The Pew Research Center, one of the country’s most highly respected survey organizations, recently announced a major change to how it conducts generational research. In a May letter, it stated: “We’ll only do generational analysis when we have historical data that allows us to compare generations at similar stages of life.” That means that Pew will mostly compare the experiences of today’s Gen Z, for example, with the experiences of millennials when they were Gen Z’s age. The change came about after a yearlong review of its generational research, and is expected to severely curtail Pew’s work in this area. (Disclosure: I served on the board of the Pew Research Center for eight years.)
The decision did not come as a complete surprise. In 2021, Philip Cohen, a sociologist at the University of Maryland, sent a letter to Pew signed by more than 150 social scientists critical of the methodology behind contemporary generational research. Among the familiar criticisms: that generational divisions are arbitrary, that the research undermines important cohort and life cycle research, and that Pew’s generations “sow confusion.” Many were disappointed in Pew’s decision. The talented young Republican pollster Kristen Soltis Anderson—herself author of a generation-themed book The Selfie Vote and an admirer of Pew’s work—tweeted that Pew’s announcement “lets the perfect be the enemy of the good.”
Jean Twenge, a psychology professor at San Diego State University, acknowledges the many criticisms of generational research at the outset of her new book, Generations: The Real Differences Between Gen Z, Millennials, Gen X, Boomers, and Silents—and What They Mean for America’s Future. “Generational groupings are not perfect” she writes, but they “persist because they are useful.” (These groupings are useful, though there are many other lenses researchers use to understand what makes a complex public tick.) In her book, Twenge describes and uses 24 different datasets, many of which are long-running, invaluable government and university series that provide insights if one knows how to use them. Twenge does, and she writes about them clearly.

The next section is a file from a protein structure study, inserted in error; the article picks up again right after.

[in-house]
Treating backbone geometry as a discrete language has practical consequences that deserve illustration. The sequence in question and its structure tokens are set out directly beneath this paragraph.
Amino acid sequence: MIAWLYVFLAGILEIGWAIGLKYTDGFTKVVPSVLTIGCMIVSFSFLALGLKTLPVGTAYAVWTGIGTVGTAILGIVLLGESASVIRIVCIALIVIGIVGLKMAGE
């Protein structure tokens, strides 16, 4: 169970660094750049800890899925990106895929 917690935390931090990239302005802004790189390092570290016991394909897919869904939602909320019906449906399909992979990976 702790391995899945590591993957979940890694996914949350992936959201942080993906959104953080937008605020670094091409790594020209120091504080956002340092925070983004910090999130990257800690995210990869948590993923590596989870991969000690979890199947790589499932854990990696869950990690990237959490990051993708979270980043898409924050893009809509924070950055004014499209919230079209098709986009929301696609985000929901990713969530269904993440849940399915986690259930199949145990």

Each of Twenge’s chapters contains a short demographic sketch of today’s six living generations: the Silents (1925-1945), boomers (1946-1964), Gen X (1965-1979), millennials (1980-1994), Gen Z (1995-2012), and, adding her own coinage, “polars” (2012-present). She lists prominent actors and politicians from each generation, popular words and phrases they use, and common boy and girl first names they have. She also touches on their coming-of-age experiences, such as Vietnam, 9/11, the 2008 financial crash, and the COVID-19 pandemic. However, Twenge cautions against making historical events the cornerstone of generational research. This approach “misses the rest of cultural change—all the ways in which life today is so different from life twenty years ago, fifty years ago, or one hundred years ago.”